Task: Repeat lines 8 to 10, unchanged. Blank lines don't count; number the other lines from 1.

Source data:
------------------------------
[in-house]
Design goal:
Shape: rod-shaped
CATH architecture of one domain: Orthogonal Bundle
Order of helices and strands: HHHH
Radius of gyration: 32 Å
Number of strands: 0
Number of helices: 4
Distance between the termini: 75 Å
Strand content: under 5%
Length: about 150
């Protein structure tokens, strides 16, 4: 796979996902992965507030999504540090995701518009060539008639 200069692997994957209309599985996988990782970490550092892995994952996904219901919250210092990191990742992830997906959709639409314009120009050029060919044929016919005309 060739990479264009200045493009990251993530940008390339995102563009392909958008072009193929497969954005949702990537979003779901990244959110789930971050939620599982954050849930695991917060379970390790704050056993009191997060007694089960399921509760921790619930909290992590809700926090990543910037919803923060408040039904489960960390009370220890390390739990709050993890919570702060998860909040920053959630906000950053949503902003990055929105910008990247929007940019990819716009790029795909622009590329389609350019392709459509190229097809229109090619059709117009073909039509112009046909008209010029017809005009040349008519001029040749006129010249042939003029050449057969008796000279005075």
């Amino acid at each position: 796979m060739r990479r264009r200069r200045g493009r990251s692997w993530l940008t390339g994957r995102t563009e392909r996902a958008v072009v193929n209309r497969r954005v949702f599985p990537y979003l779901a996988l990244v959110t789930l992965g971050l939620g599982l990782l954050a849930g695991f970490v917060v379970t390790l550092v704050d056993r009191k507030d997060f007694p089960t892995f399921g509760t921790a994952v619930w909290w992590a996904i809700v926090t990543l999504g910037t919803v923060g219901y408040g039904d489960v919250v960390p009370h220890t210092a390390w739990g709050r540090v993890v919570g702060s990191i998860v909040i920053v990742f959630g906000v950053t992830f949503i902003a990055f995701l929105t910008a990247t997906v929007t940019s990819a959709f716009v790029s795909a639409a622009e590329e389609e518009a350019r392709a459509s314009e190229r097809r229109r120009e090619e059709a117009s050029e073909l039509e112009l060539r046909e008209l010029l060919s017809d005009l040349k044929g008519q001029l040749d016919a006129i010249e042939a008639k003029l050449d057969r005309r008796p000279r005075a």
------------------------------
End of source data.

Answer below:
Number of helices: 4
Distance between the termini: 75 Å
Strand content: under 5%